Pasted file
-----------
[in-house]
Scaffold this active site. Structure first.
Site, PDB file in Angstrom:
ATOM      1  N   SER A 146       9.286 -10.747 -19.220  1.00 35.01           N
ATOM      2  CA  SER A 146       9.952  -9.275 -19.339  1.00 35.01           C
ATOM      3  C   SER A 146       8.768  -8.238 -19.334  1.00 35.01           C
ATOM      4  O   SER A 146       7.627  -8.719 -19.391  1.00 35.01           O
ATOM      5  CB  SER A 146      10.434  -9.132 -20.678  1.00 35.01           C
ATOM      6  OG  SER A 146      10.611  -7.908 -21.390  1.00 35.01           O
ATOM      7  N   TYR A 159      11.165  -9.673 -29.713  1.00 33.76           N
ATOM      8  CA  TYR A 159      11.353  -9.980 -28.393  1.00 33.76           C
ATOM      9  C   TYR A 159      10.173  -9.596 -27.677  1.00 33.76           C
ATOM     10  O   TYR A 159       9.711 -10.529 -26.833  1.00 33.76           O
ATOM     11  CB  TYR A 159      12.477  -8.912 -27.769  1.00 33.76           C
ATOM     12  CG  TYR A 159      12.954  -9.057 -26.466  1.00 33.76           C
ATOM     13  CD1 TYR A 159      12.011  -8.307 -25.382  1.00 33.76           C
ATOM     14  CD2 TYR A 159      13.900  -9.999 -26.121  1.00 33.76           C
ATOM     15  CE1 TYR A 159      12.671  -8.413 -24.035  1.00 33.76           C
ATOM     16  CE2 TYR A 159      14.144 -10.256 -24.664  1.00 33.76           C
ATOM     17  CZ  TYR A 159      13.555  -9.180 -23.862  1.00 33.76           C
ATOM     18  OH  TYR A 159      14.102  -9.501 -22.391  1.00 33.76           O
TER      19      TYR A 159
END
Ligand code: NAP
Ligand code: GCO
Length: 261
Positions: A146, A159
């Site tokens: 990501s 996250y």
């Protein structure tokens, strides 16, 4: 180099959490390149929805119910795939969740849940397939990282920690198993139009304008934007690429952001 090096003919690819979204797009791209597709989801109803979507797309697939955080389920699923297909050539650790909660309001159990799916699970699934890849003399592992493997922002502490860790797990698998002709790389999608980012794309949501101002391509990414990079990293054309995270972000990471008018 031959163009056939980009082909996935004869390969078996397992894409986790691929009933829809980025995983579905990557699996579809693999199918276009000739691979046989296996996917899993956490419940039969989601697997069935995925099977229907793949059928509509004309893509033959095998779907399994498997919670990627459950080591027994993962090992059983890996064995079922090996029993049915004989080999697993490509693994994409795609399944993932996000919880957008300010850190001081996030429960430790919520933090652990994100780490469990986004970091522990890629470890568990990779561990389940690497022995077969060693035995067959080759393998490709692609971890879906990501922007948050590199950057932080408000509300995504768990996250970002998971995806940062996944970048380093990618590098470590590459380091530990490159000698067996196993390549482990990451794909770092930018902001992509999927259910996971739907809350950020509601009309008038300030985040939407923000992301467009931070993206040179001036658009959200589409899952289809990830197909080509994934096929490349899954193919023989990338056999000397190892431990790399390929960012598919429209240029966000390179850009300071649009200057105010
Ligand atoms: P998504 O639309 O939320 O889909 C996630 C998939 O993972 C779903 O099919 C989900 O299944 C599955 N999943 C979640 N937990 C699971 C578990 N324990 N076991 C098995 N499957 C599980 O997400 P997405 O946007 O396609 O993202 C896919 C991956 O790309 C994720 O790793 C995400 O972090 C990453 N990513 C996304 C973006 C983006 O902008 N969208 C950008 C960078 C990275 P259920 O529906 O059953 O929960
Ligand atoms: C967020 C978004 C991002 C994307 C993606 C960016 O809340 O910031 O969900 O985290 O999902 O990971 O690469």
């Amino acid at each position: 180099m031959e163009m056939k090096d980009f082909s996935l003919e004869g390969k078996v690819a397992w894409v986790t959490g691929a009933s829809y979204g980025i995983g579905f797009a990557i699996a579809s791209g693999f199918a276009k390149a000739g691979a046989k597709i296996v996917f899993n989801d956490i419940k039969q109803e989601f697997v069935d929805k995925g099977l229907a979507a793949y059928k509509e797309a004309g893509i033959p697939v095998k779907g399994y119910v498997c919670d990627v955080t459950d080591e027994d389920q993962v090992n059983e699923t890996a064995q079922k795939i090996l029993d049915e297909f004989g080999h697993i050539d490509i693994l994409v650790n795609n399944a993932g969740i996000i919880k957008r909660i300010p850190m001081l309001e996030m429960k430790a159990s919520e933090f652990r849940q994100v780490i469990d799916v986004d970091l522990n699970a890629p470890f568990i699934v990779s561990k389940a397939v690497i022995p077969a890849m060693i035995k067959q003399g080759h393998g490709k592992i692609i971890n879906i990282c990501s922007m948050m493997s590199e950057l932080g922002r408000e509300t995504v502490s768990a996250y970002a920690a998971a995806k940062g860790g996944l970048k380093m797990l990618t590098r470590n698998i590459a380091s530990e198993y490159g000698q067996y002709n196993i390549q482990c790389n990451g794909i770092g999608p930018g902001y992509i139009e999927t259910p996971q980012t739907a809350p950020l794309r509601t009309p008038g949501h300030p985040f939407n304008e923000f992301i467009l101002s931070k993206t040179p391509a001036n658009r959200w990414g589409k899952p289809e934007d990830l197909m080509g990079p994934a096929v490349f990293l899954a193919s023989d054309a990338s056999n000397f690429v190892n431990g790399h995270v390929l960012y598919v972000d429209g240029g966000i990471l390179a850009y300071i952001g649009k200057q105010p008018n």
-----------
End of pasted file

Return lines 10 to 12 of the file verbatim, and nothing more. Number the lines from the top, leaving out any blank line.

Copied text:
ATOM      7  N   TYR A 159      11.165  -9.673 -29.713  1.00 33.76           N
ATOM      8  CA  TYR A 159      11.353  -9.980 -28.393  1.00 33.76           C
ATOM      9  C   TYR A 159      10.173  -9.596 -27.677  1.00 33.76           C